Please note: this blog mentions death by suicide.
In the 1960s, the UK government inadvertently triggered a remarkable natural experiment on preventing suicide. Over a decade, it switched the country’s gas supply from coal gas to domestic gas. Coal gas is lethal if inhaled. When Sylvia Plath took her own life in 1963, this was what supplied her kitchen oven. Domestic gas is less dangerous: inhaling a small amount will give you a headache.
Norman Krietman’s paper on the coal gas story describes the astonishing drop in suicide rates as the UK switched supply from 1960 to 1971. Before the switch over, many psychologists were pessimistic about strategies to prevent suicide, say protective barriers on bridges. If people really wanted to take their own lives , they would always find a way. Afterwards, it was obvious that this was untrue.
Before the pandemic, there was an established narrative on the barriers to innovation in the NHS... [Now] we are seeing NHS services adopting digital technology at astonishing pace.
As we speak, Covid-19 is conducting its own natural experiment. Before the pandemic, there was an established narrative on the barriers to innovation in the NHS. Reports repeated similar lists of obstacles: lack of financial incentives, resistance by clinicians and a top–down system, among others. Research on social systems is a social activity. We all talk to each other. We read each other’s papers. There is safety in numbers. So there is a tendency to repeat the same things.
During the pandemic, we are seeing NHS services adopting digital technology at astonishing pace. In December 2019, NHS Digital reported that just 15 per cent of 23 million primary care appointments during the month had taken place by phone or online. By April 2020, 49 per cent of appointments during the month were by phone or online (NHS Digital 2020). By May, many GP practices were reporting delivering 90 per cent or more of appointments virtually. The transformation has been equally dramatic in some hospital and community services.
After the pandemic, we will need to review how much of our established thinking on barriers to innovation still seems credible. Can we still insist on the importance of financial incentives, if such rapid change could happen without them? Can we still claim, with the same degree of certainty, that conservative clinicians are a major obstacle to innovation, if those same clinicians could react so quickly during the crisis?
If the old stories no longer work, we will need to look for new explanations. The peak of the Covid-19 pandemic provided a rare moment when people across complex local systems had a clear, sense of their defining purpose, something that emphasises for me the role of vision and consensus-building to maintain this sense of purpose in future. Rather than incentives, the national NHS, Academic Health Science Networks (AHSNs) and others gave local systems substantial practical support, in particular access to digital platforms they would otherwise have to procure individually. My hunch is that changes in decision-making practices in organisations are also part of the story. Before Covid-19, you needed multiple approvals to introduce a change. In the heat of the pandemic, the number of people who could say ‘no’ went down, and the bar for doing so went up.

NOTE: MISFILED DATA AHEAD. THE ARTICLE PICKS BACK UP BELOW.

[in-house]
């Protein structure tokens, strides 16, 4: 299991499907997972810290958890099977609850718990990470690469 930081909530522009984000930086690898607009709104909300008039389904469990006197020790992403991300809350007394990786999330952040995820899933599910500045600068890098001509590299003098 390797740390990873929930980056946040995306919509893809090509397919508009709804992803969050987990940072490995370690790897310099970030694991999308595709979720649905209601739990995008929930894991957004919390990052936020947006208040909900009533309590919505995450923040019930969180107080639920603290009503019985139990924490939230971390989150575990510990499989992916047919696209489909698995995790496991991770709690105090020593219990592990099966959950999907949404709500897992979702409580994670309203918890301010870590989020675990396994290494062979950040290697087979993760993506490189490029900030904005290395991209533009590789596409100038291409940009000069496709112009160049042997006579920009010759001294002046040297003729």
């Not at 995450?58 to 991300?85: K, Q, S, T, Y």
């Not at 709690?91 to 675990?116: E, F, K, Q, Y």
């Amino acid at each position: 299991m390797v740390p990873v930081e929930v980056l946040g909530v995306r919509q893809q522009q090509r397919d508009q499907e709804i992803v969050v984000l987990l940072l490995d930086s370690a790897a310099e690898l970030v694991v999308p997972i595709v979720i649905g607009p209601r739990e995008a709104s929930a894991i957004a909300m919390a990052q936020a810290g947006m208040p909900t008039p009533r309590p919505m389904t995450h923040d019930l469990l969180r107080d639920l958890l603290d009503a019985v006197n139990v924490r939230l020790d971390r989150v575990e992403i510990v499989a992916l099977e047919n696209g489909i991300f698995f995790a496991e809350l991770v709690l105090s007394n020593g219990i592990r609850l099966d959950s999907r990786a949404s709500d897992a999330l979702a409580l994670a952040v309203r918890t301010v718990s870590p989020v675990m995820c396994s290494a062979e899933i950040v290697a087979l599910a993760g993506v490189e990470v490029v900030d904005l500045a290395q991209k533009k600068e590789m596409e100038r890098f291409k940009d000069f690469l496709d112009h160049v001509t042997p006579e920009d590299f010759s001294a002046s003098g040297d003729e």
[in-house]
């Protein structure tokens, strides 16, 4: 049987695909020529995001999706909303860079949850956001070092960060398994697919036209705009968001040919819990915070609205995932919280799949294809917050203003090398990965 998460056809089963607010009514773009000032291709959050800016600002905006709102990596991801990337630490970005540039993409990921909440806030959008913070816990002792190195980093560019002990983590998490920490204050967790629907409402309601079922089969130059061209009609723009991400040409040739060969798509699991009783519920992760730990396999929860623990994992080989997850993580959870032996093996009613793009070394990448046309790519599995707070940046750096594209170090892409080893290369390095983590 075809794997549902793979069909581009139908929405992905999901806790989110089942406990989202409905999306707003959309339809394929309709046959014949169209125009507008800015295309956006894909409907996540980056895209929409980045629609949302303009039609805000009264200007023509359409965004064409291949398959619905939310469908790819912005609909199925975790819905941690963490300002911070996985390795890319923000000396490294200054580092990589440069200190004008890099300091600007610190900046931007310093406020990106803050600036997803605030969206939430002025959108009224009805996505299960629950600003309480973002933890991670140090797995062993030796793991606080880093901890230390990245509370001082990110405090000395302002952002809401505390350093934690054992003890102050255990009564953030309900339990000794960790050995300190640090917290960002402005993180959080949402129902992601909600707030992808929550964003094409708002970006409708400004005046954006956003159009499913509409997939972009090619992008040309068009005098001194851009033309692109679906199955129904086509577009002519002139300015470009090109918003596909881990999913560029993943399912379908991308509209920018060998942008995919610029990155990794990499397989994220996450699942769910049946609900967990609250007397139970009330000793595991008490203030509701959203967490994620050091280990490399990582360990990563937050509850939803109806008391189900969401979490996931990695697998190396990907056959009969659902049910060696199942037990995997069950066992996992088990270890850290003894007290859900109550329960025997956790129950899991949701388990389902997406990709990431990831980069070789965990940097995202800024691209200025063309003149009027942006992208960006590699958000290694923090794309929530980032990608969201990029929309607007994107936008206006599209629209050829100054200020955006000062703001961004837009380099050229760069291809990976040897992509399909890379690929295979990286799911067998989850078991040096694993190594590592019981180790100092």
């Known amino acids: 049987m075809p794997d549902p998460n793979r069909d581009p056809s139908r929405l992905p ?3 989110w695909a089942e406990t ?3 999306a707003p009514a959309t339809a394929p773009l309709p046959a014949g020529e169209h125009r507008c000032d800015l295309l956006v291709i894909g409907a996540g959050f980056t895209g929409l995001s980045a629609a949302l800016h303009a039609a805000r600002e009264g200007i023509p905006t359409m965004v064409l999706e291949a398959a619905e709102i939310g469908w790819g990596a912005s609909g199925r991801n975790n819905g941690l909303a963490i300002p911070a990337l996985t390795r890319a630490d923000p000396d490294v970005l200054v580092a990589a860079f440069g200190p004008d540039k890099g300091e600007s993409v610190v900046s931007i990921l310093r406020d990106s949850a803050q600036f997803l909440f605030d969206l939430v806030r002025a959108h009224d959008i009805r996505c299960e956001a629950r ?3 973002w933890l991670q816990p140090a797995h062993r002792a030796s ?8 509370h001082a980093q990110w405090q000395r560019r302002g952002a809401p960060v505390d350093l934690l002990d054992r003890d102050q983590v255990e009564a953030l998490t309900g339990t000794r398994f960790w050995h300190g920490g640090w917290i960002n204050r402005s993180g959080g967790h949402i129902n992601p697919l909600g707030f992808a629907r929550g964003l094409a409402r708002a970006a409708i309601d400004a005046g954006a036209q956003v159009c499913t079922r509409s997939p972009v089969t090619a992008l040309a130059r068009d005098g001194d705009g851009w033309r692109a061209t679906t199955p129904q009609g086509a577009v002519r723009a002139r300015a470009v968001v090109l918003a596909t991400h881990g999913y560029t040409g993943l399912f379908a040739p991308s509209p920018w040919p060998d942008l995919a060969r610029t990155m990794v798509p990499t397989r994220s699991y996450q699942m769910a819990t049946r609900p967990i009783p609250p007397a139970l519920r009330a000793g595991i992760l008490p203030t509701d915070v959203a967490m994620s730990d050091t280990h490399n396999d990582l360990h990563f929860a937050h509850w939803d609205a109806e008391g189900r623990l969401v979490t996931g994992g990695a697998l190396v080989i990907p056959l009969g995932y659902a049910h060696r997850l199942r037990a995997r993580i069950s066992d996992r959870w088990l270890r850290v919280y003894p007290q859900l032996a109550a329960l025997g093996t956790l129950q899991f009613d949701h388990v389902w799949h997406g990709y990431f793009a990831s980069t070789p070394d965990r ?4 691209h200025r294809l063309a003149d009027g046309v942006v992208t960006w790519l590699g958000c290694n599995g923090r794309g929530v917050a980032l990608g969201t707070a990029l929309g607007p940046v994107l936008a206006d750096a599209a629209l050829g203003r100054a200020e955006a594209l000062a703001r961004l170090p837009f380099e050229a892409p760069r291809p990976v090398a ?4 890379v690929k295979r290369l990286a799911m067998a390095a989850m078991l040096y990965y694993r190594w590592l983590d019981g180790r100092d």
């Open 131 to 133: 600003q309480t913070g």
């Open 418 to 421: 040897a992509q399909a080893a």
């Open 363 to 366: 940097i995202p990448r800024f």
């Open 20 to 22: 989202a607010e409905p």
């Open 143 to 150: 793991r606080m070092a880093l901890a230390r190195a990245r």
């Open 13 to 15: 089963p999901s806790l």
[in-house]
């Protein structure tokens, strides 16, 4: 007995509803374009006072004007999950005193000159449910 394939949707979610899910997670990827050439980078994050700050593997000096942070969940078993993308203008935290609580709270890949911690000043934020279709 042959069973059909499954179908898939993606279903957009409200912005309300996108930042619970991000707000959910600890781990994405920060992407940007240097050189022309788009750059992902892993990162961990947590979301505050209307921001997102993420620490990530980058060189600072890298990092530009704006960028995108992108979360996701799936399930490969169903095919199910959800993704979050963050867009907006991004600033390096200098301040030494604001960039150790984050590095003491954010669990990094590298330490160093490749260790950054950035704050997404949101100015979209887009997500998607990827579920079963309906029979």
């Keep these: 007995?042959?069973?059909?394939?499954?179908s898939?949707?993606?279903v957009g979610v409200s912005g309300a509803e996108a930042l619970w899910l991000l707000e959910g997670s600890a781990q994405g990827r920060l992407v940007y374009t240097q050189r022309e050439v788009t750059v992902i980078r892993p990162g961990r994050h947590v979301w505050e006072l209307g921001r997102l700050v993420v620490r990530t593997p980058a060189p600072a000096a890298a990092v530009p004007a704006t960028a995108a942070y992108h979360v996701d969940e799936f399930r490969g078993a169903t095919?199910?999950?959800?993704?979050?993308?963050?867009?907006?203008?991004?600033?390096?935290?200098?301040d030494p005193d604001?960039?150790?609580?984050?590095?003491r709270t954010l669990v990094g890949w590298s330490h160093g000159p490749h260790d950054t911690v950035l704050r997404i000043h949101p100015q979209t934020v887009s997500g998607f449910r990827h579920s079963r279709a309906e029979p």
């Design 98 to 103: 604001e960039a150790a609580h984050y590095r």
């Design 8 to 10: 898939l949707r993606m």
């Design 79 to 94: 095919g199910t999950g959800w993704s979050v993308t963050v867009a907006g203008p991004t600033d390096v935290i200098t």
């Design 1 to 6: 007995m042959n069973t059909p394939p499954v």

Without a careful appraisal of the changes adopted during the Covid 19 pandemic, there is a risk that digital innovation in the NHS repeats past mistakes.
As well as teasing out these lessons on decision-making, health services will need to take a careful look at recent innovations after Covid, to decide what they should retain, modify or discard. You can’t ‘eyeball ’ a frail patient on the telephone. You may not spot the signs of domestic abuse if video calls replace home visits. Our recent paper on technology and innovation for long-term conditions, commissioned by the AHSNs, highlights some of the questions services may need to ask. For example, what do we know about people’s practical experience of accessing services online? And what is the impact for particular groups such as older people or people living in poverty?
Our paper also argues that technology has often been introduced conservatively in healthcare, making small improvements to existing ways of working rather than transforming the nature of health and care services. It asks whether there is scope to go further in the design of new digital services, for example using technology to develop stronger relationships between care givers and service users, to shift the balance of power between professionals and service users and to develop better-integrated, team-based services and to deliver holistic, whole-person rather than narrowly bio-medical care. Without a careful appraisal of the changes adopted during the Covid 19 pandemic, there is a risk that digital innovation in the NHS repeats past mistakes.
It has become received wisdom that the NHS struggles to adopt digital innovation, but during the Covid-19 pandemic, many NHS providers have moved services online at astonishing pace. Ben Collins looks at four digital innovations in health services from the UK and the Nordic countries.